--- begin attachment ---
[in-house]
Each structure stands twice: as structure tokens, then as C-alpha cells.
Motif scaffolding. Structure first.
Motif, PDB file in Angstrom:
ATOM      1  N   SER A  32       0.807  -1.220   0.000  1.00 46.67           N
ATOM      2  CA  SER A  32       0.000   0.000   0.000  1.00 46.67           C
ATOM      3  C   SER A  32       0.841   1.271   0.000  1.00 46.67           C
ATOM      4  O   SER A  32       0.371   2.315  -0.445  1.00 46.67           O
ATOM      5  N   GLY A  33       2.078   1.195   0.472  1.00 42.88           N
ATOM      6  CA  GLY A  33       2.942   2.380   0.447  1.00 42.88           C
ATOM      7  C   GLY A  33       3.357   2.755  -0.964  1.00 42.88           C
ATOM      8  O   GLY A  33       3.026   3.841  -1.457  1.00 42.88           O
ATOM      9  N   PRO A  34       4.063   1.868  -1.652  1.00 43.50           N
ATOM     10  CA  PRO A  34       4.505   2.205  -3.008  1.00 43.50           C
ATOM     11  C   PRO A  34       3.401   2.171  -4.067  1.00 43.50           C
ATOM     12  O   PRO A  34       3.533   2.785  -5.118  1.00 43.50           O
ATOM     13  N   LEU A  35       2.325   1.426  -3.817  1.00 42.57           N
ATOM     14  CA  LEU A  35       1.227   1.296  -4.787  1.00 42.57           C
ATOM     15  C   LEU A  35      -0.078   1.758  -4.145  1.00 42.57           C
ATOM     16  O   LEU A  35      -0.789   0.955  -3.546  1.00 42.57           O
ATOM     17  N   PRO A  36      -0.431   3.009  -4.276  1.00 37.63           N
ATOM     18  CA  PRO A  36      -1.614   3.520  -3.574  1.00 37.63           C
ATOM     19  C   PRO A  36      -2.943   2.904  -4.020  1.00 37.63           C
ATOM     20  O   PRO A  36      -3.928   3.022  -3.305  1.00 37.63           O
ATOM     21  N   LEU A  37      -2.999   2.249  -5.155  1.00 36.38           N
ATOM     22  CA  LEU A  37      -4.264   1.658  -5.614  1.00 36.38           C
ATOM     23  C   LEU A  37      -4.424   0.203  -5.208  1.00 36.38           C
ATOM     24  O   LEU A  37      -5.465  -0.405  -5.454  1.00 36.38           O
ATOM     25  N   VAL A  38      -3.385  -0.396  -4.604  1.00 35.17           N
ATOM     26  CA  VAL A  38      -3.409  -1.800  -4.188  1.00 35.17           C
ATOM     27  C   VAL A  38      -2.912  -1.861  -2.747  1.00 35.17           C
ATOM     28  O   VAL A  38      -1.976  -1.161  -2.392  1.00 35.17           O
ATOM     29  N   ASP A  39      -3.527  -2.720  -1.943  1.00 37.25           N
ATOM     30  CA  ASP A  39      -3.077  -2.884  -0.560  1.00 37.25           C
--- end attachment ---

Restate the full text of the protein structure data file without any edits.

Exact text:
[in-house]
Each structure stands twice: as structure tokens, then as C-alpha cells.
Motif scaffolding. Structure first.
Motif, PDB file in Angstrom:
ATOM      1  N   SER A  32       0.807  -1.220   0.000  1.00 46.67           N
ATOM      2  CA  SER A  32       0.000   0.000   0.000  1.00 46.67           C
ATOM      3  C   SER A  32       0.841   1.271   0.000  1.00 46.67           C
ATOM      4  O   SER A  32       0.371   2.315  -0.445  1.00 46.67           O
ATOM      5  N   GLY A  33       2.078   1.195   0.472  1.00 42.88           N
ATOM      6  CA  GLY A  33       2.942   2.380   0.447  1.00 42.88           C
ATOM      7  C   GLY A  33       3.357   2.755  -0.964  1.00 42.88           C
ATOM      8  O   GLY A  33       3.026   3.841  -1.457  1.00 42.88           O
ATOM      9  N   PRO A  34       4.063   1.868  -1.652  1.00 43.50           N
ATOM     10  CA  PRO A  34       4.505   2.205  -3.008  1.00 43.50           C
ATOM     11  C   PRO A  34       3.401   2.171  -4.067  1.00 43.50           C
ATOM     12  O   PRO A  34       3.533   2.785  -5.118  1.00 43.50           O
ATOM     13  N   LEU A  35       2.325   1.426  -3.817  1.00 42.57           N
ATOM     14  CA  LEU A  35       1.227   1.296  -4.787  1.00 42.57           C
ATOM     15  C   LEU A  35      -0.078   1.758  -4.145  1.00 42.57           C
ATOM     16  O   LEU A  35      -0.789   0.955  -3.546  1.00 42.57           O
ATOM     17  N   PRO A  36      -0.431   3.009  -4.276  1.00 37.63           N
ATOM     18  CA  PRO A  36      -1.614   3.520  -3.574  1.00 37.63           C
ATOM     19  C   PRO A  36      -2.943   2.904  -4.020  1.00 37.63           C
ATOM     20  O   PRO A  36      -3.928   3.022  -3.305  1.00 37.63           O
ATOM     21  N   LEU A  37      -2.999   2.249  -5.155  1.00 36.38           N
ATOM     22  CA  LEU A  37      -4.264   1.658  -5.614  1.00 36.38           C
ATOM     23  C   LEU A  37      -4.424   0.203  -5.208  1.00 36.38           C
ATOM     24  O   LEU A  37      -5.465  -0.405  -5.454  1.00 36.38           O
ATOM     25  N   VAL A  38      -3.385  -0.396  -4.604  1.00 35.17           N
ATOM     26  CA  VAL A  38      -3.409  -1.800  -4.188  1.00 35.17           C
ATOM     27  C   VAL A  38      -2.912  -1.861  -2.747  1.00 35.17           C
ATOM     28  O   VAL A  38      -1.976  -1.161  -2.392  1.00 35.17           O
ATOM     29  N   ASP A  39      -3.527  -2.720  -1.943  1.00 37.25           N
ATOM     30  CA  ASP A  39      -3.077  -2.884  -0.560  1.00 37.25           C